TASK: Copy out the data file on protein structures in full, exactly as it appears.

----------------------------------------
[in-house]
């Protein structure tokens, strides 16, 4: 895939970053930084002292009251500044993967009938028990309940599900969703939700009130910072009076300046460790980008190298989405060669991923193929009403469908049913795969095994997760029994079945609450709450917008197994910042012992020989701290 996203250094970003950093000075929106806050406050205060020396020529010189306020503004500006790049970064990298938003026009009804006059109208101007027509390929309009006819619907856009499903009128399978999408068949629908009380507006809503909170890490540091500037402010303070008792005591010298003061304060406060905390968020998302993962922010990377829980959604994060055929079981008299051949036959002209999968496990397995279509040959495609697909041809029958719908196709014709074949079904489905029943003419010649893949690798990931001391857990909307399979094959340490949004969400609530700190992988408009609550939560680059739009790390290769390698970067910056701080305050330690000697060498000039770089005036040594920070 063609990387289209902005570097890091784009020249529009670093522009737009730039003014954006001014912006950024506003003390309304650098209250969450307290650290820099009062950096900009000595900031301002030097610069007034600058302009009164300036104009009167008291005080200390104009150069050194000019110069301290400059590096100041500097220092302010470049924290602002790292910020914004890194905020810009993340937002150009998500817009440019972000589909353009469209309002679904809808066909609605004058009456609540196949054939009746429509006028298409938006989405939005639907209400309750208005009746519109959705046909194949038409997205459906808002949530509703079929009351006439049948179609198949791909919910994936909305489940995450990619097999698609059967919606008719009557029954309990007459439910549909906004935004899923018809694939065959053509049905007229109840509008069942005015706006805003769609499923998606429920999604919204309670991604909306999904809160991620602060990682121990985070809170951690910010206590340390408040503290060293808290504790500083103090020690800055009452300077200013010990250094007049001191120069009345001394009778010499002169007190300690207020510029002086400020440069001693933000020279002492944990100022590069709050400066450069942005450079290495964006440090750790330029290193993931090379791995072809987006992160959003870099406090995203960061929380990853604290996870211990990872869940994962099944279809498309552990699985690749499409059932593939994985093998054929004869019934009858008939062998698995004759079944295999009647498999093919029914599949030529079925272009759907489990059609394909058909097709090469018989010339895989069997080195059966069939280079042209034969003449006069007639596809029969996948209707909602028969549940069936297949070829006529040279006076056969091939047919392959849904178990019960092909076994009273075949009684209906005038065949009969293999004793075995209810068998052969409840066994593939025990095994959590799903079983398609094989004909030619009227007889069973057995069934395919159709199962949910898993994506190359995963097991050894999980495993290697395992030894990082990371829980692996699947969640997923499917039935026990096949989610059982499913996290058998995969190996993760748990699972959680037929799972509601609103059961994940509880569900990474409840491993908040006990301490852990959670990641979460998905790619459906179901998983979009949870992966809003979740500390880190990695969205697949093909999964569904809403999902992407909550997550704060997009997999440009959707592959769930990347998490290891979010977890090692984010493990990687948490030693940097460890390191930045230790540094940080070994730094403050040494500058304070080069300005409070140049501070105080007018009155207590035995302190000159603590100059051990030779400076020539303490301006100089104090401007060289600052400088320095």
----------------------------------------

[in-house]
């Protein structure tokens, strides 16, 4: 895939970053930084002292009251500044993967009938028990309940599900969703939700009130910072009076300046460790980008190298989405060669991923193929009403469908049913795969095994997760029994079945609450709450917008197994910042012992020989701290 996203250094970003950093000075929106806050406050205060020396020529010189306020503004500006790049970064990298938003026009009804006059109208101007027509390929309009006819619907856009499903009128399978999408068949629908009380507006809503909170890490540091500037402010303070008792005591010298003061304060406060905390968020998302993962922010990377829980959604994060055929079981008299051949036959002209999968496990397995279509040959495609697909041809029958719908196709014709074949079904489905029943003419010649893949690798990931001391857990909307399979094959340490949004969400609530700190992988408009609550939560680059739009790390290769390698970067910056701080305050330690000697060498000039770089005036040594920070 063609990387289209902005570097890091784009020249529009670093522009737009730039003014954006001014912006950024506003003390309304650098209250969450307290650290820099009062950096900009000595900031301002030097610069007034600058302009009164300036104009009167008291005080200390104009150069050194000019110069301290400059590096100041500097220092302010470049924290602002790292910020914004890194905020810009993340937002150009998500817009440019972000589909353009469209309002679904809808066909609605004058009456609540196949054939009746429509006028298409938006989405939005639907209400309750208005009746519109959705046909194949038409997205459906808002949530509703079929009351006439049948179609198949791909919910994936909305489940995450990619097999698609059967919606008719009557029954309990007459439910549909906004935004899923018809694939065959053509049905007229109840509008069942005015706006805003769609499923998606429920999604919204309670991604909306999904809160991620602060990682121990985070809170951690910010206590340390408040503290060293808290504790500083103090020690800055009452300077200013010990250094007049001191120069009345001394009778010499002169007190300690207020510029002086400020440069001693933000020279002492944990100022590069709050400066450069942005450079290495964006440090750790330029290193993931090379791995072809987006992160959003870099406090995203960061929380990853604290996870211990990872869940994962099944279809498309552990699985690749499409059932593939994985093998054929004869019934009858008939062998698995004759079944295999009647498999093919029914599949030529079925272009759907489990059609394909058909097709090469018989010339895989069997080195059966069939280079042209034969003449006069007639596809029969996948209707909602028969549940069936297949070829006529040279006076056969091939047919392959849904178990019960092909076994009273075949009684209906005038065949009969293999004793075995209810068998052969409840066994593939025990095994959590799903079983398609094989004909030619009227007889069973057995069934395919159709199962949910898993994506190359995963097991050894999980495993290697395992030894990082990371829980692996699947969640997923499917039935026990096949989610059982499913996290058998995969190996993760748990699972959680037929799972509601609103059961994940509880569900990474409840491993908040006990301490852990959670990641979460998905790619459906179901998983979009949870992966809003979740500390880190990695969205697949093909999964569904809403999902992407909550997550704060997009997999440009959707592959769930990347998490290891979010977890090692984010493990990687948490030693940097460890390191930045230790540094940080070994730094403050040494500058304070080069300005409070140049501070105080007018009155207590035995302190000159603590100059051990030779400076020539303490301006100089104090401007060289600052400088320095």